To further understand the mechanism leading to the PMN anergy we observed in the patients, we analyzed the effects of IL-10, known to circulate in these patients. As shown in Fig 4A, simultaneous addition of IL-10 and LPS led to an 88% inhibition of IL-8 production by PMN, confirming numerous previous studies, including ours.11,14 Pretreatment of PMN with IL-10 render the cells less reactive to a subsequent stimulation with LPS (P = .02) (Fig 4B). Furthermore, pretreatment of PMN with IL-10 abolished the priming effect of LPS to a further activation by LPS (P = .01).

Fig. 4.

In vitro model of tolerization. PMN from healthy donors were first cultured over 24 hours in the presence or absence of eitherE coli LPS (100 ng/mL) or recombinant human IL-10 (10 ng/mL) or both. Supernatants were obtained and IL-8 was measured (A). Fresh medium was added to the cells and the PMN were further cultured for an additional 24-hour period (24-48 h) in the presence or absence of E coli LPS (1 μg/mL). IL-8 was measured in the supernatants (B). The results are the mean of eight different experiments. (b va: P = .01; c v a: P = .02; d va: P = .01; d v b: P = .01.)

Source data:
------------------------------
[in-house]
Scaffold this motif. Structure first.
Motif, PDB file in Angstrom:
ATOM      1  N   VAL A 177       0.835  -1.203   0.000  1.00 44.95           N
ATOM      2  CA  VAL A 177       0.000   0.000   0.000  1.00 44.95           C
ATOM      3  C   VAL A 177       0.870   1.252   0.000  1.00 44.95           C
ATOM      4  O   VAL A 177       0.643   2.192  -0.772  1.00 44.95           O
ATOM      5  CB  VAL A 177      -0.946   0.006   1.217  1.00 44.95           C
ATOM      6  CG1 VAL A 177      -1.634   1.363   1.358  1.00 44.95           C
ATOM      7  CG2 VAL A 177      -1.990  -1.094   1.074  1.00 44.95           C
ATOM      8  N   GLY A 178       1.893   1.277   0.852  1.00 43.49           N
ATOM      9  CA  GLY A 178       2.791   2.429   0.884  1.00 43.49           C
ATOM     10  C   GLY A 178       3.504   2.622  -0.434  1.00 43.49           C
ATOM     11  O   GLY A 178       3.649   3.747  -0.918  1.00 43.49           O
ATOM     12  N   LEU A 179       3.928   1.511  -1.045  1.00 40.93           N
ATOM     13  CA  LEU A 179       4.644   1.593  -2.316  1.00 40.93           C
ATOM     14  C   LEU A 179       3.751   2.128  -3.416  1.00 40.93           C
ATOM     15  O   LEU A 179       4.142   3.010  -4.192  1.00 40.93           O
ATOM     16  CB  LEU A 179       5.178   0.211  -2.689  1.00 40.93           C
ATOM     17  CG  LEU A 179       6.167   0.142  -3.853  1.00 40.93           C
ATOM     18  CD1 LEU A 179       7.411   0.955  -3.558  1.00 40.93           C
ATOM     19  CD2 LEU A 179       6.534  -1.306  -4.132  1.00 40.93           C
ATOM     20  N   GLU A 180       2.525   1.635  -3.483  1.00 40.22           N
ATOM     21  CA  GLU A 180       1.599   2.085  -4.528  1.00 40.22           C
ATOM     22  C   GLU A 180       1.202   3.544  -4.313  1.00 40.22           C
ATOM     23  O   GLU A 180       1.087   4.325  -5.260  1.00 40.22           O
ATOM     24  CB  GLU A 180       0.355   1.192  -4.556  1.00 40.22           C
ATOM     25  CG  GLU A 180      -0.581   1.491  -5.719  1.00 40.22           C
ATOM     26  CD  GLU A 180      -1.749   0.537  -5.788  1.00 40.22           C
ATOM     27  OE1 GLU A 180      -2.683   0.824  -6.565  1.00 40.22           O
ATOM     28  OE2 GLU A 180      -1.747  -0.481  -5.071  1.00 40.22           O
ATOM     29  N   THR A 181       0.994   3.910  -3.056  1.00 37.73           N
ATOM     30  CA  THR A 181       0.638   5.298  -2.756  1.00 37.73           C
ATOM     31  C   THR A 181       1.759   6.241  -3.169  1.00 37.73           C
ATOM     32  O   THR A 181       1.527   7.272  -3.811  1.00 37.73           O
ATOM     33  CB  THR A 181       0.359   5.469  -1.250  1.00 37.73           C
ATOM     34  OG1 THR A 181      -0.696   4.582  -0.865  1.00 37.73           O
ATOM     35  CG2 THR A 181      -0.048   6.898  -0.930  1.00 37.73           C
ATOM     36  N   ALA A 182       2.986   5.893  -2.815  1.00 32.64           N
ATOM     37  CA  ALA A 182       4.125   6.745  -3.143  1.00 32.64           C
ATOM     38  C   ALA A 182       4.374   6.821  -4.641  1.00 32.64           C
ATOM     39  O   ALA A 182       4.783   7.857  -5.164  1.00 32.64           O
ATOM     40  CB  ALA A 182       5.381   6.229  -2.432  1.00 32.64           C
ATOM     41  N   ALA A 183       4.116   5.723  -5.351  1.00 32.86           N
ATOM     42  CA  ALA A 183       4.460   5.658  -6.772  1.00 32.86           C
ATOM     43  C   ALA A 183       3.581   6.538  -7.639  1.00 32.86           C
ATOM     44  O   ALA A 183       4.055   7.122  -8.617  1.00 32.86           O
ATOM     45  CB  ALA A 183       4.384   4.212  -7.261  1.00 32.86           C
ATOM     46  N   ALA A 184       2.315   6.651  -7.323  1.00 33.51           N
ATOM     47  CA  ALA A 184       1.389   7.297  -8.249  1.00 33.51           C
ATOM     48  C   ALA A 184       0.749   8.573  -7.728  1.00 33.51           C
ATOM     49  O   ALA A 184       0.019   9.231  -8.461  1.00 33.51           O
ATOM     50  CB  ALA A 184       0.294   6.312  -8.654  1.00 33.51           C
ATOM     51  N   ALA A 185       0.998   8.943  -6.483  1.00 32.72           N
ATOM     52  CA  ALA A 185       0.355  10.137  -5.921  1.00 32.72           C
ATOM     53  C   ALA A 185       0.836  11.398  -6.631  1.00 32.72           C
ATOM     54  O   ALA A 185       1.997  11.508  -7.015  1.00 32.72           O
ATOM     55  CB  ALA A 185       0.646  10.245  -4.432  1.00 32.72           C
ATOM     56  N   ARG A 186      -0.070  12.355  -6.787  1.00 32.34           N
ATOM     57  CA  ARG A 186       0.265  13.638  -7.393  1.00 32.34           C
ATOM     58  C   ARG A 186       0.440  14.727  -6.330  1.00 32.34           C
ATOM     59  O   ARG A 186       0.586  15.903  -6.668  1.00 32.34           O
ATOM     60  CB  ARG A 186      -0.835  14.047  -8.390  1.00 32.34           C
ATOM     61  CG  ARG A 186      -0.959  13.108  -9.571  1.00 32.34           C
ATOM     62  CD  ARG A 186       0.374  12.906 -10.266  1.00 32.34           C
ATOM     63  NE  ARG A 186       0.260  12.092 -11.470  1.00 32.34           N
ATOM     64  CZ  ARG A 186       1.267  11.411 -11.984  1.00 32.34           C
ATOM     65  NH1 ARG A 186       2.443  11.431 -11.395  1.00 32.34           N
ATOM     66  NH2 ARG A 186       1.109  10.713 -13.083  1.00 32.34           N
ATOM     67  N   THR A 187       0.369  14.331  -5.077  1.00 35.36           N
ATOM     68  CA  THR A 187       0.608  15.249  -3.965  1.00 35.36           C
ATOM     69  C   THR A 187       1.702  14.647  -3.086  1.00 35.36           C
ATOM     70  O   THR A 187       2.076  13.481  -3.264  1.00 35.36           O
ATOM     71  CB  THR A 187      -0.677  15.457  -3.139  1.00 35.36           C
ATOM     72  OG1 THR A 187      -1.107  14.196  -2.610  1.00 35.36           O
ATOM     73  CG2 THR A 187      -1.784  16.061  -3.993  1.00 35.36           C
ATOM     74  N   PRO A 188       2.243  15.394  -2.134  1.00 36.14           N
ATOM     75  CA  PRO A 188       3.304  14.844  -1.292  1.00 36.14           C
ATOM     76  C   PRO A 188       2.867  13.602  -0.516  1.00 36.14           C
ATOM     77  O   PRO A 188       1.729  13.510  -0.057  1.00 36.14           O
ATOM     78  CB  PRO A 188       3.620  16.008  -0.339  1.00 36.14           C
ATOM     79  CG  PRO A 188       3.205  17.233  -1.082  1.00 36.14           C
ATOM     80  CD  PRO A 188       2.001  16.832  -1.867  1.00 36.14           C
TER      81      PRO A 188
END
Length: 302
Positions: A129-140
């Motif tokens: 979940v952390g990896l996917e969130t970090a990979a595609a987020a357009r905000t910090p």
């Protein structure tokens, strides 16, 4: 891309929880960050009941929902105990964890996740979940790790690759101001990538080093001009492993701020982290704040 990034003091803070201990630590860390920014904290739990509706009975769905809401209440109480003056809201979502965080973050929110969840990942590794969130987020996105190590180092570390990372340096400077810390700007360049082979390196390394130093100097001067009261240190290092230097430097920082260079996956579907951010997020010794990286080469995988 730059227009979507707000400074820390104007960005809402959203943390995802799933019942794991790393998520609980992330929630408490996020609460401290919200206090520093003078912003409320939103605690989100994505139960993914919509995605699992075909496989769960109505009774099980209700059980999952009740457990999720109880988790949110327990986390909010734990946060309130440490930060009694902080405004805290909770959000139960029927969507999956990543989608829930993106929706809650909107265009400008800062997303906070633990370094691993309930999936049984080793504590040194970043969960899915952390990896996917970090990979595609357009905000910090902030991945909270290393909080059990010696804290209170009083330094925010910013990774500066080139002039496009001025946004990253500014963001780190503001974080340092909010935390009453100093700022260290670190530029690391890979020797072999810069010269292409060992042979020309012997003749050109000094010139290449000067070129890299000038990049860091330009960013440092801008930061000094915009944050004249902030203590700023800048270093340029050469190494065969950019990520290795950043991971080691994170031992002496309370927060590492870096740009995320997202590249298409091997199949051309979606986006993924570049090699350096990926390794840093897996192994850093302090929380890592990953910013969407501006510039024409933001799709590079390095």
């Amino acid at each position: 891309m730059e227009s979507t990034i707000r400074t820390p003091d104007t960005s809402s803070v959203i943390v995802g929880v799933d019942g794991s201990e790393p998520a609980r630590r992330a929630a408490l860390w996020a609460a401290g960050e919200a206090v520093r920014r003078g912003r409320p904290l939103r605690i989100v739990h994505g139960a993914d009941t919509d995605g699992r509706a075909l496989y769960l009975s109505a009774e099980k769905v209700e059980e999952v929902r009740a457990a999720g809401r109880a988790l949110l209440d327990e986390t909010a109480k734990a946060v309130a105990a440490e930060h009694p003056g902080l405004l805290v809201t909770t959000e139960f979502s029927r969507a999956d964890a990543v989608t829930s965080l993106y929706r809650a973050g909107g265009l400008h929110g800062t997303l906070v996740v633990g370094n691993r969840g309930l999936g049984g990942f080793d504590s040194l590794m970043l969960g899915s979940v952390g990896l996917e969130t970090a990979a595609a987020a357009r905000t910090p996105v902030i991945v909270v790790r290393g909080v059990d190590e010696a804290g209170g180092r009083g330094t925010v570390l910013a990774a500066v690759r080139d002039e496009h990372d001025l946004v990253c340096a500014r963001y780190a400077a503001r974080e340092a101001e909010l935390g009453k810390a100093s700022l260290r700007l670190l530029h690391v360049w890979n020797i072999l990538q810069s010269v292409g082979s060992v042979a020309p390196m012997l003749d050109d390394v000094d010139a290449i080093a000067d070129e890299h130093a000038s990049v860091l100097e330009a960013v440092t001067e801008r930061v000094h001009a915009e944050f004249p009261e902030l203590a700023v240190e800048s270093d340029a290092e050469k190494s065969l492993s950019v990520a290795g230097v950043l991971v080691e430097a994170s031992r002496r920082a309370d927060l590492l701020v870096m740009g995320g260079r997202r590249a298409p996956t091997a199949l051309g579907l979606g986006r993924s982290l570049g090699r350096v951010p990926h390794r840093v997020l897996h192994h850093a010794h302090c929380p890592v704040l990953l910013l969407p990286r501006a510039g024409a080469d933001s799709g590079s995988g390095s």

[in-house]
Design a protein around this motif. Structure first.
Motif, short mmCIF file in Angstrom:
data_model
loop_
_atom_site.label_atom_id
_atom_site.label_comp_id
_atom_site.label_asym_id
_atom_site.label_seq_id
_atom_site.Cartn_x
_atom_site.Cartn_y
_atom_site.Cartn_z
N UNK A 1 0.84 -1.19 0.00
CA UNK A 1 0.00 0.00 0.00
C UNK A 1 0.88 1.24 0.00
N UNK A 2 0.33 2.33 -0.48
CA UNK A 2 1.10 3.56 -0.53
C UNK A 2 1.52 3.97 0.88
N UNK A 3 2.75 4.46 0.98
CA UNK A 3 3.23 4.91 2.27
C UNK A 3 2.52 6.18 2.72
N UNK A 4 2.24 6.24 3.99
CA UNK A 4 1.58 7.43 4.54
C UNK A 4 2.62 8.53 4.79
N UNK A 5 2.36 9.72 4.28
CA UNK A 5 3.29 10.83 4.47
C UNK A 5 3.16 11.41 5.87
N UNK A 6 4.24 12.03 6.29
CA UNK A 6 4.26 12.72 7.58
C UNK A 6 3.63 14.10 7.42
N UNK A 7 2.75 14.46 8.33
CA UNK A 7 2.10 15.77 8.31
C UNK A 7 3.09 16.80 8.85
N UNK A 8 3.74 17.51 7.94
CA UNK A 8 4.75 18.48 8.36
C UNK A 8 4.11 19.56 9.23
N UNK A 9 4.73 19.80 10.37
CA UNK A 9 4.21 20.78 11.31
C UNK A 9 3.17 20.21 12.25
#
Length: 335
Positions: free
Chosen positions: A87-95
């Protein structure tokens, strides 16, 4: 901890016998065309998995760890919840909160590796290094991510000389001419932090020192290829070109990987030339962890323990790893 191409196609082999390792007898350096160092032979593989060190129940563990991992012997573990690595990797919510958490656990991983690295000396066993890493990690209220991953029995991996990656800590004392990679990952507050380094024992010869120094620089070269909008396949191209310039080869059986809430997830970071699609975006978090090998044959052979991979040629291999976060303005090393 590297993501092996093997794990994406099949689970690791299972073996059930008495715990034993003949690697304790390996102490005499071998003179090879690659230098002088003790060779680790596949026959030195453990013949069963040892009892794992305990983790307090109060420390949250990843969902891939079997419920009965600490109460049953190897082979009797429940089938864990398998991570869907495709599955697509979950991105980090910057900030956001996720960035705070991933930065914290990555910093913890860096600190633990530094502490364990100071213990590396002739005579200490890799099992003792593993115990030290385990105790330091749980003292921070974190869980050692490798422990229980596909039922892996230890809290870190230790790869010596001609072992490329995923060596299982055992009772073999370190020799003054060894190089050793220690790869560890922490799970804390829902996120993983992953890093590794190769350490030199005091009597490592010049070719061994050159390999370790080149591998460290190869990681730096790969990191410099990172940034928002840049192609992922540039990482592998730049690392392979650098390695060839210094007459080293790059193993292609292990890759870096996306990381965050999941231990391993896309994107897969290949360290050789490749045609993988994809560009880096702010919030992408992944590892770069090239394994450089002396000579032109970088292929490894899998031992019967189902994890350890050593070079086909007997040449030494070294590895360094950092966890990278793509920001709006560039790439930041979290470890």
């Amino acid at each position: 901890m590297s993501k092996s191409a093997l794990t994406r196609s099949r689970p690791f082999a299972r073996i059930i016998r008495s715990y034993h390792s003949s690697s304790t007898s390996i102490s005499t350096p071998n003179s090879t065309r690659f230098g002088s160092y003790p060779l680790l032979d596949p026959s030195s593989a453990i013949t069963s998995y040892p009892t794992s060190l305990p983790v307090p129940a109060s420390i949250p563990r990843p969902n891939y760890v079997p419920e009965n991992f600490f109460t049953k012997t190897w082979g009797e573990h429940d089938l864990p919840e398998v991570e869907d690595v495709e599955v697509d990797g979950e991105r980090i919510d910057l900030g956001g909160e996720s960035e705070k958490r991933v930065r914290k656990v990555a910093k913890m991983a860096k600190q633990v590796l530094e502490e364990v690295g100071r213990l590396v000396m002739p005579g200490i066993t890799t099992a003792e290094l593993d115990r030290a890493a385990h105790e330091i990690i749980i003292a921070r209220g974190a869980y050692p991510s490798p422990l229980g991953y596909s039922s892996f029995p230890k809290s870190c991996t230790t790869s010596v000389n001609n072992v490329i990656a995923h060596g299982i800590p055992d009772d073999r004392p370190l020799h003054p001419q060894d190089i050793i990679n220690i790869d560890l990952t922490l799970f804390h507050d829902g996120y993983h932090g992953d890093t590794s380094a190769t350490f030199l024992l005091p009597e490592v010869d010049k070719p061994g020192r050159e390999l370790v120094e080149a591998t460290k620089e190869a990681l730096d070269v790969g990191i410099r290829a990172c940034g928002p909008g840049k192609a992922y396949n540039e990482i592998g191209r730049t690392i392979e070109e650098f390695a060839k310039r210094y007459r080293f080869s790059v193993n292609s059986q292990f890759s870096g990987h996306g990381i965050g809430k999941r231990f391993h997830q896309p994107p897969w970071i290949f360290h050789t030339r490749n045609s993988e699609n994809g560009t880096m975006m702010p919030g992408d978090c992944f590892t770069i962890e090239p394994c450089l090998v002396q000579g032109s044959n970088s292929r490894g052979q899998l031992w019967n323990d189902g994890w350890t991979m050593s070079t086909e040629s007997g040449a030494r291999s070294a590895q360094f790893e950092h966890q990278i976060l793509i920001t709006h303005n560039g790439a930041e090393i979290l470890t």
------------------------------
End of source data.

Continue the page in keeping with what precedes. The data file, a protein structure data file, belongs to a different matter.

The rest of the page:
Fig. 4.

In vitro model of tolerization. PMN from healthy donors were first cultured over 24 hours in the presence or absence of eitherE coli LPS (100 ng/mL) or recombinant human IL-10 (10 ng/mL) or both. Supernatants were obtained and IL-8 was measured (A). Fresh medium was added to the cells and the PMN were further cultured for an additional 24-hour period (24-48 h) in the presence or absence of E coli LPS (1 μg/mL). IL-8 was measured in the supernatants (B). The results are the mean of eight different experiments. (b va: P = .01; c v a: P = .02; d va: P = .01; d v b: P = .01.)